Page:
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RBI's monetary policy review

October 29, 2013

The RBI continued the process of normalizing the conduct of monetary policy with a 25bps reduction in the MSF while simultaneously hiking the repo rate by 25bps to 7.75%. The RBI also announced additional access under term repo for a cumulative availability of funds to the extent of 0.5% NDTL. With the additional access under term repo which amounts to Rs 40,000 crores, over and above the 1% of NDTL access under overnight repo and Export credit refinance, the recourse to funding under MSF may gradually reduce. This should allow short term rates to gradually ease in the absence of significant additional currency withdrawals from the banking system in the coming months. With the RBI stressing on enhanced efforts to mobilize deposits as a durable strategy for mitigating mismatch of funds, it can be expected that the central bank is unlikely to revert to unlimited overnight funding under LAF in the near term. The RBI estimate for FY14 GDP growth has been revised to 5%, with the CPI inflation estimated to remain above 9% in the coming months in the absence of policy action.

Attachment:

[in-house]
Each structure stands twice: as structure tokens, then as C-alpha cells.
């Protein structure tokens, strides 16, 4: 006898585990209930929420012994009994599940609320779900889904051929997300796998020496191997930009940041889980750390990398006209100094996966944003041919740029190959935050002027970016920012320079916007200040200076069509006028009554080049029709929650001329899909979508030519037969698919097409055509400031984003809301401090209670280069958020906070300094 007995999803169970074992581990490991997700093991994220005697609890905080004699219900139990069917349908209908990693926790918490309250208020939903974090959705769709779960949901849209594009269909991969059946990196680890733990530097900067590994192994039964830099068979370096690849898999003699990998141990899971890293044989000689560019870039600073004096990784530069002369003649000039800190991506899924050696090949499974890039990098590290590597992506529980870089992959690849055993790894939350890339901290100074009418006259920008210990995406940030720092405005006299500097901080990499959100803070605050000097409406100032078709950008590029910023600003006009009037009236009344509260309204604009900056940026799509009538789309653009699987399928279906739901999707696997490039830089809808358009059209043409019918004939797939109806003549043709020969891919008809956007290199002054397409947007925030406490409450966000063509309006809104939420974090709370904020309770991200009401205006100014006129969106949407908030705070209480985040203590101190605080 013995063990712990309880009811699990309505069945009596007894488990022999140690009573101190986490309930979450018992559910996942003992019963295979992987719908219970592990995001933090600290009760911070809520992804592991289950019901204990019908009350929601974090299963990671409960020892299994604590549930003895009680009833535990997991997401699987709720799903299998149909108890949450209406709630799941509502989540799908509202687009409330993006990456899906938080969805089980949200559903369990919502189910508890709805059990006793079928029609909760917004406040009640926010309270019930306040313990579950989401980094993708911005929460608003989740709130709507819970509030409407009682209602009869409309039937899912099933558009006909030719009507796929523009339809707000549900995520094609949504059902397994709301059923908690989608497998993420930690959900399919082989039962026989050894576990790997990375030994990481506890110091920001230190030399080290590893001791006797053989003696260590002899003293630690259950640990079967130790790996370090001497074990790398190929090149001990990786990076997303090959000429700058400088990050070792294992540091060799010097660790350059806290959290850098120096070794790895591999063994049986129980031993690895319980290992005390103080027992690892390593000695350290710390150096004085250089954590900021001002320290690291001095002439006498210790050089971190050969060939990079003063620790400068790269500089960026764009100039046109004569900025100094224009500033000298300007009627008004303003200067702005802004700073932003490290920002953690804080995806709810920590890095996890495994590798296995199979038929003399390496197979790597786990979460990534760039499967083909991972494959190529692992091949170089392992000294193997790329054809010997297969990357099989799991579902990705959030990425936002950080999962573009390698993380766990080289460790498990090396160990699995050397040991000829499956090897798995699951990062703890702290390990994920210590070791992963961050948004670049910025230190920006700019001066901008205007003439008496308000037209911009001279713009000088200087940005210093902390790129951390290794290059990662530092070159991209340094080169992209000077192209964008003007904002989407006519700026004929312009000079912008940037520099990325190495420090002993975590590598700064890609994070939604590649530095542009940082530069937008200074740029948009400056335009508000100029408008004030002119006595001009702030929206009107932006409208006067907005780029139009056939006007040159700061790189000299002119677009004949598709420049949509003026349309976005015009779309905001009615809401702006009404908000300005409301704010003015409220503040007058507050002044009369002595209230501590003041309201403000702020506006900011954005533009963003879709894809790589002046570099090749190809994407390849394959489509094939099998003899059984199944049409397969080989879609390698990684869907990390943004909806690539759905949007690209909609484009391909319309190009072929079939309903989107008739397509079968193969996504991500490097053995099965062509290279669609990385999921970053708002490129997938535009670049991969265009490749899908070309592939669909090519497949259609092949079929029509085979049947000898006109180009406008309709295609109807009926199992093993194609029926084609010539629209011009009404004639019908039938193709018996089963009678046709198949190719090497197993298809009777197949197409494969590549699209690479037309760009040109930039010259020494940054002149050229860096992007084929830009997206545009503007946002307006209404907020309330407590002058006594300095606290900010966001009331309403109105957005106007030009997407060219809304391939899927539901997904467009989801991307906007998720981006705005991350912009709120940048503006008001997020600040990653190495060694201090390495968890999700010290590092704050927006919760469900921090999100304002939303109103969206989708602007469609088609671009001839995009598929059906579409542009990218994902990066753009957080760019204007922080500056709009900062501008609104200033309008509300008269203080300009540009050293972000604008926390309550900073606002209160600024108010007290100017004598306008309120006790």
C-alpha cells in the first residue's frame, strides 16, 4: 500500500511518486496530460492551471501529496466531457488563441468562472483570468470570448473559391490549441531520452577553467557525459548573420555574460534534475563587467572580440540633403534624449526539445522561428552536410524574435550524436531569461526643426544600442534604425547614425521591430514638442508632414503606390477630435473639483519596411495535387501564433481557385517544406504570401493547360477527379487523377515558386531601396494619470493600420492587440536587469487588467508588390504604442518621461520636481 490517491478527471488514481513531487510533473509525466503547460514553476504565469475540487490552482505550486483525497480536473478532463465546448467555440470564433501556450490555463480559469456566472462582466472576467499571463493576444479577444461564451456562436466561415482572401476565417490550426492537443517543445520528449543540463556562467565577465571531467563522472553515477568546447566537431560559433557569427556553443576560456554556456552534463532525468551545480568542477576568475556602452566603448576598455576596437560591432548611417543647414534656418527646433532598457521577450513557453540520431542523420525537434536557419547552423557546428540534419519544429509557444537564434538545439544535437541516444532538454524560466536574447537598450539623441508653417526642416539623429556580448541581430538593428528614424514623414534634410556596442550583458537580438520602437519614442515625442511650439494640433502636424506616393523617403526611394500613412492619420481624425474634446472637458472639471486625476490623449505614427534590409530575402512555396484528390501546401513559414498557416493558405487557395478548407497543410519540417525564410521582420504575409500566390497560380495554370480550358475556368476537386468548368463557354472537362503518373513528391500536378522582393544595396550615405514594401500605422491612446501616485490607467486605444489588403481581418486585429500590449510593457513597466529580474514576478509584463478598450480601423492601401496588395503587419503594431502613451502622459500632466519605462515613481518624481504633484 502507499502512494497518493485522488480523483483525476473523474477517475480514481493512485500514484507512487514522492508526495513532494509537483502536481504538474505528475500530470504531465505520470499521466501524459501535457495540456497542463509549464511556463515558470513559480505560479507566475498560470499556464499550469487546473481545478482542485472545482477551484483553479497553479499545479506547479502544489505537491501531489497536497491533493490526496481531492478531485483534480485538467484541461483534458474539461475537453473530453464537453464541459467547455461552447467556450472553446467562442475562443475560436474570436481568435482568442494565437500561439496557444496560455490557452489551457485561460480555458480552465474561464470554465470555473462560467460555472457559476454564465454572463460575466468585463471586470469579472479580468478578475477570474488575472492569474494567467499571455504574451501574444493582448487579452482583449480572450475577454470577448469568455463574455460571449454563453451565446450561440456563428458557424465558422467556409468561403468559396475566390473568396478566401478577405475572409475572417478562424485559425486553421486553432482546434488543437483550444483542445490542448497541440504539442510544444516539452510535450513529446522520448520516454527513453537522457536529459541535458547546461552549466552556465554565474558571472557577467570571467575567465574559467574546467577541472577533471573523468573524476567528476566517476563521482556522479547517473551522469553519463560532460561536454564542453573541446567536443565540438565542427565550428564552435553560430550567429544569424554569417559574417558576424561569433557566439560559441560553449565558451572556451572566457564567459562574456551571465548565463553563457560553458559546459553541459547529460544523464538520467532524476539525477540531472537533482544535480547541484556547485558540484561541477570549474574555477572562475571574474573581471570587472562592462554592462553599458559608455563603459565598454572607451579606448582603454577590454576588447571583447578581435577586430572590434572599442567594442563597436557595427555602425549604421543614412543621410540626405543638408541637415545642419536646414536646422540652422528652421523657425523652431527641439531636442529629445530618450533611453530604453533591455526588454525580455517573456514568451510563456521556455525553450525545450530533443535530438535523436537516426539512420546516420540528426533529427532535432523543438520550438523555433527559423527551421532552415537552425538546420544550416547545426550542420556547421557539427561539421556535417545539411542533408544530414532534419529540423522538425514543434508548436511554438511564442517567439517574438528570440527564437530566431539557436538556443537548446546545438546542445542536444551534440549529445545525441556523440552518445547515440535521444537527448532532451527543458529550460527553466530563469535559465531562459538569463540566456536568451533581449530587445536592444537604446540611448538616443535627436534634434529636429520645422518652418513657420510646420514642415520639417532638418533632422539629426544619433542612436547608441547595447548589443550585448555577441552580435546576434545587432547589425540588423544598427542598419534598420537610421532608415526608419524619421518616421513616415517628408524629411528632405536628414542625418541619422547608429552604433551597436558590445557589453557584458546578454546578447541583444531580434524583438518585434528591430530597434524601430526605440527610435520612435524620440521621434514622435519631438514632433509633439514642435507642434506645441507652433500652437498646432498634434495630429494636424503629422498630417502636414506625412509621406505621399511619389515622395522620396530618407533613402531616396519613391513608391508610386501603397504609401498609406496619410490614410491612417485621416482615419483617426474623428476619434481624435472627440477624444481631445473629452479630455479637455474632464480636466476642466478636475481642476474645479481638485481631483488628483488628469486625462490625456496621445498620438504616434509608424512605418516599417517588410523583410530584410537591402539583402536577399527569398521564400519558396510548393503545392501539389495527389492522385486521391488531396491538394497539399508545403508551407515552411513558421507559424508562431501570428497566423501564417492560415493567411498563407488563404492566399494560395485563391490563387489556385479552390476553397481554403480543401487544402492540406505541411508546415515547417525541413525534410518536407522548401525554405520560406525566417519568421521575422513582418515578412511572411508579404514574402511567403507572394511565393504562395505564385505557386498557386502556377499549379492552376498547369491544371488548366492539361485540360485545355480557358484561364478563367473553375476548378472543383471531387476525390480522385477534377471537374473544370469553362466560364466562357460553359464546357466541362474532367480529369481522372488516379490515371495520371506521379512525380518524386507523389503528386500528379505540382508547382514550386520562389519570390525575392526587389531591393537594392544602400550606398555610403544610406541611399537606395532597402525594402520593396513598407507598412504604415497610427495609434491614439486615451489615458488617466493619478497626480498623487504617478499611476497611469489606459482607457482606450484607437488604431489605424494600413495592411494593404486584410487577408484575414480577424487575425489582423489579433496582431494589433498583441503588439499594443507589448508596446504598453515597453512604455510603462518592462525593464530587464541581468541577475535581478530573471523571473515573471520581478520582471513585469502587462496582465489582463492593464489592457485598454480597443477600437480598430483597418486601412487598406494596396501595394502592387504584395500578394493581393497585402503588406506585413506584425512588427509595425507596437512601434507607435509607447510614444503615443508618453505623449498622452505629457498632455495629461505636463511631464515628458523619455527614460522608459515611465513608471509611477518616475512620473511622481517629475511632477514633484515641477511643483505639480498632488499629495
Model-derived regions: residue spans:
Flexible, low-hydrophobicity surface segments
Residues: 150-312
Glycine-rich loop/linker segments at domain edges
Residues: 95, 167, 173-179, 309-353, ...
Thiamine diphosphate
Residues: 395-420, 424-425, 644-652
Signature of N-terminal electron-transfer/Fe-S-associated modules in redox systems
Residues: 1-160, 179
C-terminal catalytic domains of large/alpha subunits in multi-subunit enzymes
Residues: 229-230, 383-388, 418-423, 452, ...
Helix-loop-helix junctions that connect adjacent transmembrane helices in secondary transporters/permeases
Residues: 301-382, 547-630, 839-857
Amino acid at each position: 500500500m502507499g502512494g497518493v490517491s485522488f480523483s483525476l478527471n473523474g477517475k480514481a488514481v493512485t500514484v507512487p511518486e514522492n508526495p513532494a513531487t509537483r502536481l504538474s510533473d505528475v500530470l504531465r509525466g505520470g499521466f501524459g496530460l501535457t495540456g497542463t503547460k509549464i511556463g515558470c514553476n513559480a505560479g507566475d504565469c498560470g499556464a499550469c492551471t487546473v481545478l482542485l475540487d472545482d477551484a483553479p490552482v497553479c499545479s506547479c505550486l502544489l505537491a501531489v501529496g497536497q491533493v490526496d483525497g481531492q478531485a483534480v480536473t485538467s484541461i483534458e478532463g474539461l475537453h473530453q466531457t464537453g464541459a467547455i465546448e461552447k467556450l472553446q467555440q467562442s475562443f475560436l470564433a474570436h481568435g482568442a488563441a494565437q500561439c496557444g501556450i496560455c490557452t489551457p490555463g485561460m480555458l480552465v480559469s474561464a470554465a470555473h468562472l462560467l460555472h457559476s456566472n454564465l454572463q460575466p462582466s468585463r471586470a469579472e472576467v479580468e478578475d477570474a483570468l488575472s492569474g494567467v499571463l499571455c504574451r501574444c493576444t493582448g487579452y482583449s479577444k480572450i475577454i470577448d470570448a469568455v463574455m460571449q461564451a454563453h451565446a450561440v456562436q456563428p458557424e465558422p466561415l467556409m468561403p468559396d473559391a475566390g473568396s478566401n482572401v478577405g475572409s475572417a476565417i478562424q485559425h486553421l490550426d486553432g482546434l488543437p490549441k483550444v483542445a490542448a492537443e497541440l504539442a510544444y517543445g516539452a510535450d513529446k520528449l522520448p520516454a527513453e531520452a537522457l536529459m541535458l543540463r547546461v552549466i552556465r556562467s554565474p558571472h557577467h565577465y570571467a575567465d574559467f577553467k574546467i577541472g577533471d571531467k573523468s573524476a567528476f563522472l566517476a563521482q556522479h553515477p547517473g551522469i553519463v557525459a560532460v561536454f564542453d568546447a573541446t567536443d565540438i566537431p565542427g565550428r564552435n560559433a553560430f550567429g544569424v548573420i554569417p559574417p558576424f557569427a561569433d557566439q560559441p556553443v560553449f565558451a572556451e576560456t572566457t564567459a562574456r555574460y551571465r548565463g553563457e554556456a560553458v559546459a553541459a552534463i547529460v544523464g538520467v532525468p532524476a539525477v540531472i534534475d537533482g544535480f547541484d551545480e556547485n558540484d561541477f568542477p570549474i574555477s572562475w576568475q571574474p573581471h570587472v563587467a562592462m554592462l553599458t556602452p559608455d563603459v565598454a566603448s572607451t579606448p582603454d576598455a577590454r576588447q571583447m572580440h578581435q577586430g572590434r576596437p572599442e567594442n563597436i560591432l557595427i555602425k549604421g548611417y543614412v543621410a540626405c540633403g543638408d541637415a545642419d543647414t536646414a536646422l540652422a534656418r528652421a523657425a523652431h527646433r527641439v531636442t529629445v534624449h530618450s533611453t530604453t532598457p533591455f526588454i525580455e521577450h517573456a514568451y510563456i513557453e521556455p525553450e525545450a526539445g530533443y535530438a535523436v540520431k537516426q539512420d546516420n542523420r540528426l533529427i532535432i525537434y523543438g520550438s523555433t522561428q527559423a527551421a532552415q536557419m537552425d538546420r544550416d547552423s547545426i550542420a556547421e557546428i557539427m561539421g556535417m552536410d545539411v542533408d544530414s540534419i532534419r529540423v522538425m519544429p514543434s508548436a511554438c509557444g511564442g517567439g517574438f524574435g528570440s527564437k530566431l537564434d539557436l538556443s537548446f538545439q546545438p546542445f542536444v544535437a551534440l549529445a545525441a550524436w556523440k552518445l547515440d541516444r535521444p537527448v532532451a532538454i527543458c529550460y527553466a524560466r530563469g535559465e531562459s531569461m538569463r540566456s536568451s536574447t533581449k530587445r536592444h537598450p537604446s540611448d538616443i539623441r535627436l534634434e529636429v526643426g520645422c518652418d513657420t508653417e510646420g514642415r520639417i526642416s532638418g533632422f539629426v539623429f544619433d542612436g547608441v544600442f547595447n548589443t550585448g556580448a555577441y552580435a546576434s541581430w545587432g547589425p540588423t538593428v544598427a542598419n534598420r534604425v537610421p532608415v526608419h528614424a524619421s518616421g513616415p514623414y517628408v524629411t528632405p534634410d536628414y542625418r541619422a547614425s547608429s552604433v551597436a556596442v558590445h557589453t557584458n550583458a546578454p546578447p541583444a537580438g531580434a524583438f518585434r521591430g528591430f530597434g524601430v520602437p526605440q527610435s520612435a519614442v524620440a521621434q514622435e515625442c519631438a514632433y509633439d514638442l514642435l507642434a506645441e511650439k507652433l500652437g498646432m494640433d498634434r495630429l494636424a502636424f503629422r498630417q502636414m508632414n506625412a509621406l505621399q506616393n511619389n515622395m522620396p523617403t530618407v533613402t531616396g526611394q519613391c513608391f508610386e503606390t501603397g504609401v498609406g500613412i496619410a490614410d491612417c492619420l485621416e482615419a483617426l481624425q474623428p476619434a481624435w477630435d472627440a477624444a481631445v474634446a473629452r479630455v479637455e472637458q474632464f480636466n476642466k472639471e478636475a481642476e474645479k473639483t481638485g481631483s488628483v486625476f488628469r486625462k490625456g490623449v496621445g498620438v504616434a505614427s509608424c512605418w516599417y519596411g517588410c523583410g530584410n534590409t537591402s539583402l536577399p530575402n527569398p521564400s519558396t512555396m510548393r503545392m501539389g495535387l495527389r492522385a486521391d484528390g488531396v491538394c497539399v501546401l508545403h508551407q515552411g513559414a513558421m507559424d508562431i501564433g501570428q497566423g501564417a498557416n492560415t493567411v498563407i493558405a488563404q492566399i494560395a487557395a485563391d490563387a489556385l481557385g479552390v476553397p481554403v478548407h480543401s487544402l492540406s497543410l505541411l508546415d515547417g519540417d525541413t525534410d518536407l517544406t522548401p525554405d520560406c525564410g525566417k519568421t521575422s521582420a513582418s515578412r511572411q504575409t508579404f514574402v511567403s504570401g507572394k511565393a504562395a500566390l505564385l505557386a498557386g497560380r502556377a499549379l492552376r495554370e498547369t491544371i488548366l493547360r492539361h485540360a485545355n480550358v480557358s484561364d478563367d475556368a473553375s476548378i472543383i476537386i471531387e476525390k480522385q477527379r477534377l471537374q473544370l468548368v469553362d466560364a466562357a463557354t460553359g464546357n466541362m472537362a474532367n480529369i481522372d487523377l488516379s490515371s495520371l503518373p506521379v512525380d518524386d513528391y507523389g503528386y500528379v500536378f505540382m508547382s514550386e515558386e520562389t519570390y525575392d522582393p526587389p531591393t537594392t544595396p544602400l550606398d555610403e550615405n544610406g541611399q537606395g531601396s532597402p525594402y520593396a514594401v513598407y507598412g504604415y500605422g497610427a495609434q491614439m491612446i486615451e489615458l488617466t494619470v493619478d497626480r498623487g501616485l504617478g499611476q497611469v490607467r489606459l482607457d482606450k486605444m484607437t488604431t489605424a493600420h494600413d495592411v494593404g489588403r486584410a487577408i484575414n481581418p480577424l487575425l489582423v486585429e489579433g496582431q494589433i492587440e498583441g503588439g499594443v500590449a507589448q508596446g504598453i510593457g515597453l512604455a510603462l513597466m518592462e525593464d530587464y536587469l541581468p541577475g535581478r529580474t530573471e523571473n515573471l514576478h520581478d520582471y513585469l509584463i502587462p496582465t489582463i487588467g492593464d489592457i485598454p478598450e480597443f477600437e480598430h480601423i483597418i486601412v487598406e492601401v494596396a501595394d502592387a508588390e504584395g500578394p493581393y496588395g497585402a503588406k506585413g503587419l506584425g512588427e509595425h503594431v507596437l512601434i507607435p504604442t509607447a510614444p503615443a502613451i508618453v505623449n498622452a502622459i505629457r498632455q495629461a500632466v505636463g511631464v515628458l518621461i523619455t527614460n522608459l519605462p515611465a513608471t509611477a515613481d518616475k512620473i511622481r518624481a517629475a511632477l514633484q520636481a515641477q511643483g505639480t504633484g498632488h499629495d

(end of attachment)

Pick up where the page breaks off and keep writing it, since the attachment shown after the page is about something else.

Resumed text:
The policy stance continues to be guided by the consideration of anchoring inflation expectations and curbing inflationary pressures as a prerequisite to maintaining macroeconomic and financial stability. The hike in the repo rate must be seen in the context of continued focus from recent RBI statements on increasing financial savings, which would strengthen the foundations for growth. Towards this objective, issuances of CPI linked savings securities for retail investors would commence from Nov/Dec 2013. The policy stance continues to be neutral with the evolution of inflation trajectory likely to influence additional moves on the repo rate. A gradual resetting of the effective overnight rate closer to the repo rate could result in easing of long bond yields from current levels. Additional policy actions based on RBI’s assessment of consumer inflation and the evolution of the fiscal deficit trajectory in an environment where the RBI may be circumspect with OMOs would limit any significant directional easing in long term yields. The front end of the curve looks better as at some point the operational overnight rate will move back close to the repo rate. 

We expect Gsec yields to remain range-bound with periodic bouts of volatility driven by incremental supply-demand dynamics. While the hawkish stance will limit the downside, positives could come in the form of possibility of inclusion of Indian Gsec in global bond indices, softening of food prices leading to moderation in CPI and operational overnight rate shifting back to the repo rate. Yield curve is likely to steepen further driven by fall in yields at the short end.